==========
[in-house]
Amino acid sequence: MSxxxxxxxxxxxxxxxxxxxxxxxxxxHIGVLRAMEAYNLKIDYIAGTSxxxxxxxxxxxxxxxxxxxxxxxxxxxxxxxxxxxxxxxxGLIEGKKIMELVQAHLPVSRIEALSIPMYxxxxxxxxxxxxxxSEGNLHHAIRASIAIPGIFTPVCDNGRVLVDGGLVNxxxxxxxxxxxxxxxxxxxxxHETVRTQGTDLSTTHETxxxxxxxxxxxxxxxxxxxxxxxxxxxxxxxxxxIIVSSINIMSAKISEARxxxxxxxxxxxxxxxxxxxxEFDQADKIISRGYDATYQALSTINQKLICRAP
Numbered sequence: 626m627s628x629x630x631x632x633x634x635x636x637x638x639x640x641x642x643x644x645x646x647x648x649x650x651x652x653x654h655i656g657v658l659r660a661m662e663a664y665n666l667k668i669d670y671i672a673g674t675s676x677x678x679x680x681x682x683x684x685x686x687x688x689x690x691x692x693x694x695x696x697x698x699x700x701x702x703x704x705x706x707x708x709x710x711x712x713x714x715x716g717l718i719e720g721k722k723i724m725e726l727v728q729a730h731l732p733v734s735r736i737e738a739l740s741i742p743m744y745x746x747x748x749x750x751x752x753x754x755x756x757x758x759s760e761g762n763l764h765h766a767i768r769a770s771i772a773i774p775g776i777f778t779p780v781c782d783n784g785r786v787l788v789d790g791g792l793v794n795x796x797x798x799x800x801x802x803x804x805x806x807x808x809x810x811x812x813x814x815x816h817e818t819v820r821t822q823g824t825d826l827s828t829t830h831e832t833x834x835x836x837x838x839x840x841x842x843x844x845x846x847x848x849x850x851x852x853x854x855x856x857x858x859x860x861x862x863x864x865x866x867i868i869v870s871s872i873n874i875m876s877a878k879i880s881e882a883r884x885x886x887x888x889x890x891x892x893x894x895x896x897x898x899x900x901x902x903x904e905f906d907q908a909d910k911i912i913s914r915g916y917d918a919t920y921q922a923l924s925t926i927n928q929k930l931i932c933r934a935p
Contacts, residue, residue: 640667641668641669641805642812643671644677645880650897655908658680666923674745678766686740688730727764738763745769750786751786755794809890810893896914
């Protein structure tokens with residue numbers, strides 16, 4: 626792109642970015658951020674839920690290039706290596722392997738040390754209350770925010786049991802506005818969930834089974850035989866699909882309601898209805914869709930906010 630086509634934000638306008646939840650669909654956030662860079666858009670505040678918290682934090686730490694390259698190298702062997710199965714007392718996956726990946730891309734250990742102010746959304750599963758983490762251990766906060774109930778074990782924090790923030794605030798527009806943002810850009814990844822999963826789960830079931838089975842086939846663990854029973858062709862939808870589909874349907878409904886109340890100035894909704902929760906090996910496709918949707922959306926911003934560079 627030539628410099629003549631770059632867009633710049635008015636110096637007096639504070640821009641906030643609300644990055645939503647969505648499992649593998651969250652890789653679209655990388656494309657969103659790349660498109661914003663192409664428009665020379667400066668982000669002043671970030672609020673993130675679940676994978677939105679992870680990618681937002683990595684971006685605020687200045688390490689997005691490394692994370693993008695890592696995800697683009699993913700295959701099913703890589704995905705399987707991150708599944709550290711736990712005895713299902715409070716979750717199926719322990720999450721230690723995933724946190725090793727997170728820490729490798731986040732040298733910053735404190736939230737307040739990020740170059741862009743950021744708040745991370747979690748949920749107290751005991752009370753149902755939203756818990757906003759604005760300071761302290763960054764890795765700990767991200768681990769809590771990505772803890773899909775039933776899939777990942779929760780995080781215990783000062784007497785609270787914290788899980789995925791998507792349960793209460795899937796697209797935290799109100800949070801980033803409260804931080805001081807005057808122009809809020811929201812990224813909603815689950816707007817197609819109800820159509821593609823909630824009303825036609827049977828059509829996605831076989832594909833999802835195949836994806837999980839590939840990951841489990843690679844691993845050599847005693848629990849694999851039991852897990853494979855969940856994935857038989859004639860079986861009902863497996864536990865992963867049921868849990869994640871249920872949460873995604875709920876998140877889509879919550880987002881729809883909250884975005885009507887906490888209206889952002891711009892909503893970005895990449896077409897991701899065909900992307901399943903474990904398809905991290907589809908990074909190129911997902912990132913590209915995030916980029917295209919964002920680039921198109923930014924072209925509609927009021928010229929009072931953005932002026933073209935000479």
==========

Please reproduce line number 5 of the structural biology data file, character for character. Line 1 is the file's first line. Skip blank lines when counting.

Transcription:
């Protein structure tokens with residue numbers, strides 16, 4: 626792109642970015658951020674839920690290039706290596722392997738040390754209350770925010786049991802506005818969930834089974850035989866699909882309601898209805914869709930906010 630086509634934000638306008646939840650669909654956030662860079666858009670505040678918290682934090686730490694390259698190298702062997710199965714007392718996956726990946730891309734250990742102010746959304750599963758983490762251990766906060774109930778074990782924090790923030794605030798527009806943002810850009814990844822999963826789960830079931838089975842086939846663990854029973858062709862939808870589909874349907878409904886109340890100035894909704902929760906090996910496709918949707922959306926911003934560079 627030539628410099629003549631770059632867009633710049635008015636110096637007096639504070640821009641906030643609300644990055645939503647969505648499992649593998651969250652890789653679209655990388656494309657969103659790349660498109661914003663192409664428009665020379667400066668982000669002043671970030672609020673993130675679940676994978677939105679992870680990618681937002683990595684971006685605020687200045688390490689997005691490394692994370693993008695890592696995800697683009699993913700295959701099913703890589704995905705399987707991150708599944709550290711736990712005895713299902715409070716979750717199926719322990720999450721230690723995933724946190725090793727997170728820490729490798731986040732040298733910053735404190736939230737307040739990020740170059741862009743950021744708040745991370747979690748949920749107290751005991752009370753149902755939203756818990757906003759604005760300071761302290763960054764890795765700990767991200768681990769809590771990505772803890773899909775039933776899939777990942779929760780995080781215990783000062784007497785609270787914290788899980789995925791998507792349960793209460795899937796697209797935290799109100800949070801980033803409260804931080805001081807005057808122009809809020811929201812990224813909603815689950816707007817197609819109800820159509821593609823909630824009303825036609827049977828059509829996605831076989832594909833999802835195949836994806837999980839590939840990951841489990843690679844691993845050599847005693848629990849694999851039991852897990853494979855969940856994935857038989859004639860079986861009902863497996864536990865992963867049921868849990869994640871249920872949460873995604875709920876998140877889509879919550880987002881729809883909250884975005885009507887906490888209206889952002891711009892909503893970005895990449896077409897991701899065909900992307901399943903474990904398809905991290907589809908990074909190129911997902912990132913590209915995030916980029917295209919964002920680039921198109923930014924072209925509609927009021928010229929009072931953005932002026933073209935000479």